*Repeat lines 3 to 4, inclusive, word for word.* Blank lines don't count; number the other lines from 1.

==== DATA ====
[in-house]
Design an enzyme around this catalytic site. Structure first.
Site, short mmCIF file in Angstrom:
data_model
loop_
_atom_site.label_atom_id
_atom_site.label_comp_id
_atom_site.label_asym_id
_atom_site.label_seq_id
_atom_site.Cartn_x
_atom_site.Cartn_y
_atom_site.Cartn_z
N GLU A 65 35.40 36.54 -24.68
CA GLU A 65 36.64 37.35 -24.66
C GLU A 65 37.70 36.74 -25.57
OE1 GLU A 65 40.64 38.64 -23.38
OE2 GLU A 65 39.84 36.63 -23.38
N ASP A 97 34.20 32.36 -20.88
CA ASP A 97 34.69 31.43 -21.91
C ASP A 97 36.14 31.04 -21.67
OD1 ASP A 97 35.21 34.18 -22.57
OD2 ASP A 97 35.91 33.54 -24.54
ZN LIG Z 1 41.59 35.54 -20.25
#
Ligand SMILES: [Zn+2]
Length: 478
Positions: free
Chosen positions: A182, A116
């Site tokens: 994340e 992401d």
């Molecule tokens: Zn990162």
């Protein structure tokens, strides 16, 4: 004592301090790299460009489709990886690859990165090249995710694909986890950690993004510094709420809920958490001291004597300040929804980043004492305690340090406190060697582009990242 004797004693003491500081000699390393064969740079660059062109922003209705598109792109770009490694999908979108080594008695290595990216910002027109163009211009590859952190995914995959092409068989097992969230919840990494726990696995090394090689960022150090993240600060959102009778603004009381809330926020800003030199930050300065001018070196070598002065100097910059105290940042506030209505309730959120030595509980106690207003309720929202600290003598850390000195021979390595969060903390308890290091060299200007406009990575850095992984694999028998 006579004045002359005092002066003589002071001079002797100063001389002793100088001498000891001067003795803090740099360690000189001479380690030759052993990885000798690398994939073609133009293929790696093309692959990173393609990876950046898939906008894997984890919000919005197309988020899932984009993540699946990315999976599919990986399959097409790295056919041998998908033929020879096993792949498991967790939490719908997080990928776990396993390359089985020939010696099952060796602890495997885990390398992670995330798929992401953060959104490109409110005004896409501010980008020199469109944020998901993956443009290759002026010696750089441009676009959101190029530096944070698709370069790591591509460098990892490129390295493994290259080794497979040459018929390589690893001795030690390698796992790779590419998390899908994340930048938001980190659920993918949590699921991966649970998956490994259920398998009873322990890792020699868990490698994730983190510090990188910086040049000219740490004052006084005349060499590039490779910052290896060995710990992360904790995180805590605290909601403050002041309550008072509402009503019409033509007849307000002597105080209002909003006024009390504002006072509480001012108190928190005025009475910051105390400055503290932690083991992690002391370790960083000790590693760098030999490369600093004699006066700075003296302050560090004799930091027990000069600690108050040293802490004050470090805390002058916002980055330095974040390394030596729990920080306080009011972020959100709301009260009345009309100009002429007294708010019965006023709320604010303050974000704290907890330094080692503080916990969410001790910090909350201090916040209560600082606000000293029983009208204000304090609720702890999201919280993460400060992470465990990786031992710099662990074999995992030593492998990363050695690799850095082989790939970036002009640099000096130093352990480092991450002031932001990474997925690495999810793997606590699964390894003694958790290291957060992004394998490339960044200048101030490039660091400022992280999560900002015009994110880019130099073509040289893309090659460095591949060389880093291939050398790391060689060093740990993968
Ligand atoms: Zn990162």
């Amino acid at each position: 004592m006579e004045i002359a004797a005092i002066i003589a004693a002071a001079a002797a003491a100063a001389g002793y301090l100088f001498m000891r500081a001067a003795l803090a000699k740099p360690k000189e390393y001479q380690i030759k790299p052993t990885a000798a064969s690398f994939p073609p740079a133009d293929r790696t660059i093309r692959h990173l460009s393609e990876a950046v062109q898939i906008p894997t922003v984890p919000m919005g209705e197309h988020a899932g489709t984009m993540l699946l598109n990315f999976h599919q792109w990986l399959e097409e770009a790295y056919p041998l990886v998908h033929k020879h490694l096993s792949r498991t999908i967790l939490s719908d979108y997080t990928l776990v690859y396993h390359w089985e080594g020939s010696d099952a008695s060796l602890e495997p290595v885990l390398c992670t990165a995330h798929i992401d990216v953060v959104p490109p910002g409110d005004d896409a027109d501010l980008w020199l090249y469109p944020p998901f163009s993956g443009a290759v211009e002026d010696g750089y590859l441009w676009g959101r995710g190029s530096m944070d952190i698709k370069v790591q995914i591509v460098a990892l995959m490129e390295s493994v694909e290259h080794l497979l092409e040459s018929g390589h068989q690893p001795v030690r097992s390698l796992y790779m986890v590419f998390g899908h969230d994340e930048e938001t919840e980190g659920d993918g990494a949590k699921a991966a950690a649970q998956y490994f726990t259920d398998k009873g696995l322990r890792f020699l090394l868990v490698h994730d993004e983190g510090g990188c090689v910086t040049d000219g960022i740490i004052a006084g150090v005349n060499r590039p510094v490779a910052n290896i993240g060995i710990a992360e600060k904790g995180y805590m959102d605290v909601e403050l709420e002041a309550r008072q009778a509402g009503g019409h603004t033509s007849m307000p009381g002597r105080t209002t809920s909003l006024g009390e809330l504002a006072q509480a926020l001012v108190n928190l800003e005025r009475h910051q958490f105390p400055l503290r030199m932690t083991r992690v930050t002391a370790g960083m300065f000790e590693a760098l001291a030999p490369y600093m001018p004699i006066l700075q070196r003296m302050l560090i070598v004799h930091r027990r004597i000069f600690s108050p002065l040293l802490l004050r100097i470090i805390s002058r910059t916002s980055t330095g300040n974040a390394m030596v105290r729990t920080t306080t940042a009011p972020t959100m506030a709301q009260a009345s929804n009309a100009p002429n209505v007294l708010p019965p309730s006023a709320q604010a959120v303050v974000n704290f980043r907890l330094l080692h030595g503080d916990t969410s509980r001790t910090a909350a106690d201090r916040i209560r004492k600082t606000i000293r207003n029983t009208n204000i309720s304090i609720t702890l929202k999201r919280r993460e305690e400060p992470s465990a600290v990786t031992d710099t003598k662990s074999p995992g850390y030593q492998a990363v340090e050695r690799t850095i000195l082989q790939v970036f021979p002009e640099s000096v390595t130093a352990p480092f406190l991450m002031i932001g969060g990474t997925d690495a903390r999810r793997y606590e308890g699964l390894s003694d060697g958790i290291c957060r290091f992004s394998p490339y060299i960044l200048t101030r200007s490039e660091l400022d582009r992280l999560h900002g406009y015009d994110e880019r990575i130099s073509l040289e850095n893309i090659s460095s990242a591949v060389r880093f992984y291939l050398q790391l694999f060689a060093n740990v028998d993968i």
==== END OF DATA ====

Site, short mmCIF file in Angstrom:
data_model